So here’s a question to consider regarding the Donald Sterling media storm that hit over the weekend:
Where was all this outrage when Senator Harry Reid talked about then-Senator Obama only using a “negro dialect” when he wanted to?
That question doesn’t come from me, but from ESPN’s Robert Smith, a former All-Pro running back for the Minnesota Vikings. It should be noted Smith is an African-American.
Mr. Reid — the Senate Majority Leader — made those comments back in 2008, during the presidential campaign as reported in the best-seller Game Change. According to authors Mark Halperin and John Heilemann:
“He [Reid] was wowed by Obama’s oratorical gifts and believed that the country was ready to embrace a black presidential candidate, especially one such as Obama — a ‘light-skinned’ African American ‘with no Negro dialect, unless he wanted to have one…'”
Reid later apologized for the remark after the book came out two years later. He was not asked to resign, nor was there anything remotely resembling the kind of backlash Sterling is feeling — and absolutely rightly so — for his recorded comments scolding his half-Latina girlfriend for bringing blacks to Clippers’ games and/or posting Instagram photos with them.
But as Smith notes, where exactly was the outrage for Reid?
Or remember when Mitt Romney said this? “In Delaware, the largest growth of population is Indian Americans, moving from India. You cannot go to a 7/11 or a Dunkin’ Donuts unless you have a slight Indian accent. I’m not joking.”
Whoops. That wasn’t Romney, but then-Senator Joe Biden back in 2006. Could you imagine the media reaction if those words did come from a Romney, a Ryan, a Rand or a Cruz?
And then there’s the time the North Carolina county precinct GOP chair (Don Yelton) actually said this of voter ID opposition in a Daily Show interview, of all places: The law “hurts a bunch of lazy blacks who just want the government to give them everything, so be it.”
Racism exists in this country, of course. But it seems to be more of a generational issue than something that pertains to one party.
Think of what Sterling, Cliven Bundy, Reid, Yelton and Biden all have in common: All are over the age of 60; all are white; all grew up in a “different time,” when racism was much more accepted. So it’s fascinating to listen to Reid this week publicly call on Republicans to disavow Bundy, whom he correctly calls a “hateful racist.” As we’ve seen, the 27-year Senator never misses an opportunity to score political points with the base, even when the hypocrisy is obvious.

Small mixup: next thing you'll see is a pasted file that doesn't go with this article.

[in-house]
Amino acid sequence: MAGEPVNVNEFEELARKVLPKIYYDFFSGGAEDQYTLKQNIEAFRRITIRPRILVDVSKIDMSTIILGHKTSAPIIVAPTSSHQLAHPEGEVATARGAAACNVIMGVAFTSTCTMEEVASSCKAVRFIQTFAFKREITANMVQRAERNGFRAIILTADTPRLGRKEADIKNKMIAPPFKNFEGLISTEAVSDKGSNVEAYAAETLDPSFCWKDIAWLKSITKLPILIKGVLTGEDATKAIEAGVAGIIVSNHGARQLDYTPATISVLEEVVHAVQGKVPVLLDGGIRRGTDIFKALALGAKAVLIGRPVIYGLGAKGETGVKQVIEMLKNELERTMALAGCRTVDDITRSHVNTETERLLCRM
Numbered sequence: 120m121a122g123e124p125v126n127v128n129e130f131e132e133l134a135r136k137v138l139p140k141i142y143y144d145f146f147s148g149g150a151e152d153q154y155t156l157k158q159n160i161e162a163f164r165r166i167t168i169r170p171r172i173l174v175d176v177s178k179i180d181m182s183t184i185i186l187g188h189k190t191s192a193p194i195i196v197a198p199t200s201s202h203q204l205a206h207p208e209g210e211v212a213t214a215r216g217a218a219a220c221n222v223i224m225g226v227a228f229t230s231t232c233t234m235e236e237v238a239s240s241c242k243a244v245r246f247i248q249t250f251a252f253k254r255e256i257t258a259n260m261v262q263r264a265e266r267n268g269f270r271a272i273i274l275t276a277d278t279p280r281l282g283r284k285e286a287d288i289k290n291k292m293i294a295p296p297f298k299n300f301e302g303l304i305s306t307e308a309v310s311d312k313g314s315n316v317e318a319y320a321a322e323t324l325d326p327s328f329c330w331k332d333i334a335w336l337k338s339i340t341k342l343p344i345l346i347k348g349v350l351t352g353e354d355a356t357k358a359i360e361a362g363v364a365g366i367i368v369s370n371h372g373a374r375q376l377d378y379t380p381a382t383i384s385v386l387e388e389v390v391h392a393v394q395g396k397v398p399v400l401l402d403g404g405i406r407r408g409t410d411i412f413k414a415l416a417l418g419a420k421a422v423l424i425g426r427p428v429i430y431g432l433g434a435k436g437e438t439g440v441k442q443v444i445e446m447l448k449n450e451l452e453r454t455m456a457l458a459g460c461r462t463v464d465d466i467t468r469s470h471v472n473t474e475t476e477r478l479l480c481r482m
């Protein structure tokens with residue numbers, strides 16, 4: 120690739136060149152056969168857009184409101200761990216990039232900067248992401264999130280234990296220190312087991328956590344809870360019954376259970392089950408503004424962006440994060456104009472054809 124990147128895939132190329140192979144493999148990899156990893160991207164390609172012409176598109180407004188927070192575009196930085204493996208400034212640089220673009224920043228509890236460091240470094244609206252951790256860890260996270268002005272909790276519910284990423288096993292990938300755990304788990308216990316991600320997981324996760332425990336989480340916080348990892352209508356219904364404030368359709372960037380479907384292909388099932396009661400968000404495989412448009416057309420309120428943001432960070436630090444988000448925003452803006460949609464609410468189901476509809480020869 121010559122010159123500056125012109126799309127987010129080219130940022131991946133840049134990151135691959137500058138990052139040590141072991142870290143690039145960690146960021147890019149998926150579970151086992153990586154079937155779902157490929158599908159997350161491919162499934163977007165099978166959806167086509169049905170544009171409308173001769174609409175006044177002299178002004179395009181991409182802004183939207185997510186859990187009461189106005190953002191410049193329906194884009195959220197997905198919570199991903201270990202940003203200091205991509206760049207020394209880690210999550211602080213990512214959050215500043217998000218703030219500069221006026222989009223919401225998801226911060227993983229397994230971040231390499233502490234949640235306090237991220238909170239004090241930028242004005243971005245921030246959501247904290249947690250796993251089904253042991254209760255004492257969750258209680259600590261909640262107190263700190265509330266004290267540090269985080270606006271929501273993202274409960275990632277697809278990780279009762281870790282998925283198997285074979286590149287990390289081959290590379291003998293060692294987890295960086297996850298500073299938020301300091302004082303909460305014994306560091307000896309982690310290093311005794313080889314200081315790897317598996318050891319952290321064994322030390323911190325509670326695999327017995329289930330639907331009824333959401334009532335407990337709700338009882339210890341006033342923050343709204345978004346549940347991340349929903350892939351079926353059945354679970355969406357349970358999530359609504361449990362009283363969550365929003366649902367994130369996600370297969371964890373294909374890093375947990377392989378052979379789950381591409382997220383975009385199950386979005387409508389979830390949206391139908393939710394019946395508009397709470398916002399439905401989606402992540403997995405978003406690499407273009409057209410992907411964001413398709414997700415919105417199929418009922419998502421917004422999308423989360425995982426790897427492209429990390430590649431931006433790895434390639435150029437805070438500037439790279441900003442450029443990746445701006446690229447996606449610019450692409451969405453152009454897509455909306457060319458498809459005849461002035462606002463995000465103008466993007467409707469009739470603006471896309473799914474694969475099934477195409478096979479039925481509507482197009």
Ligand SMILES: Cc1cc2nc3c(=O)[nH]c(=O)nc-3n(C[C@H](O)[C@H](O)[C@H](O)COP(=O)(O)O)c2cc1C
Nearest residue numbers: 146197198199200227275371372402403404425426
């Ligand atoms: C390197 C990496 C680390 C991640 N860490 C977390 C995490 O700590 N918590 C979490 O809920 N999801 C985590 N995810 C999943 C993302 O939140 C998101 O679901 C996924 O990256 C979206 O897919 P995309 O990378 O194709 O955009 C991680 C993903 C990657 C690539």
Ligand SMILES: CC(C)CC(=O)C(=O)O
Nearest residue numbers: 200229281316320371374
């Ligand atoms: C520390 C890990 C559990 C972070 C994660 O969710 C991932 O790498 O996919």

Sterling, who has only donated to Democrats in the past (albeit not for awhile), was actually up for his second Lifetime Achievement Award from the NAACP. Rest assured, punishment will be swift and decisive from the NBA for what was said. And Sterling can question the authenticity of the recording all he wants — it’s a pathetic defense and the league doesn’t operate like a court of law, anyway. But the reaction wasn’t always this way in professional basketball after these kind of comments were made from an owner.
Back in 1979, Cleveland owner Ted Stepien actually declared that his 12-man roster should ideally be made up of six white players at all times. The thought came from a marketing perspective, as Stepien figured his mostly white fan base would root harder for those who looked like themselves. Guess he never witnessed the city’s worship of Jim Brown during his days with the Browns (1957-1965), nor did he notice (or care) that the league was 74 percent black in 1979 (the number is 71 percent now; the modest drop is primarily due to an influx of European players).
But because social media and cable news didn’t exist 35 years ago, Stepien wasn’t removed from the league for nearly four years after the league office finally convinced him to sell the team. As an added bonus to the new owner (Gordon Gund), the NBA even agreed to provide the struggling team extra draft picks to seal the deal. For those who don’t follow this stuff, know this: This is completely unheard of. Also know this: We won’t be talking about Sterling in the context of still owning the Clippers nearly four years from now, either.
Is racism getting worse in this country? Hard to know the answer to that. On one hand, Cliven Bundy’s and Donald Sterling’s deplorable comments have been universally condemned from left and right, blacks and whites alike. On the other hand, it feels like the divide is getting deeper — especially since the media-fueled polarization of the George Zimmerman trial and verdict.
Maybe it’s just that too many people on the extremes have been given a microphone. Shock value is more and more embraced in media, particularly the world of cable news. And nothing is easier for a segment producer to put together than a racial “debate” between the usual suspects we see every time there a story involving black vs. white that day, that week, that month.
Robert Smith wants to know where the outrage was with Harry Reid when he spoke of negro dialects.
It’s a valid question from someone with no skin the game.
But let’s stop trying to keep a scorecard on what member of which party is making a stupid racial remark this week.
As we’ve seen with the decisive dismissal of Cliven Bundy and the soon-to-be-dismissal of Donald Sterling, most Americans and almost all forms of media won’t stand for racism. And if you weren’t born somewhere before 1965, there’s a pretty good chance your thought process doesn’t exactly match theirs.
Nobody — except for blind partisans and ratings-hungry producers more interested in winning or showcasing an unwinnable and pointless argument — really cares about the voting preference of the offender.
[Image via Reuters / screengrab]
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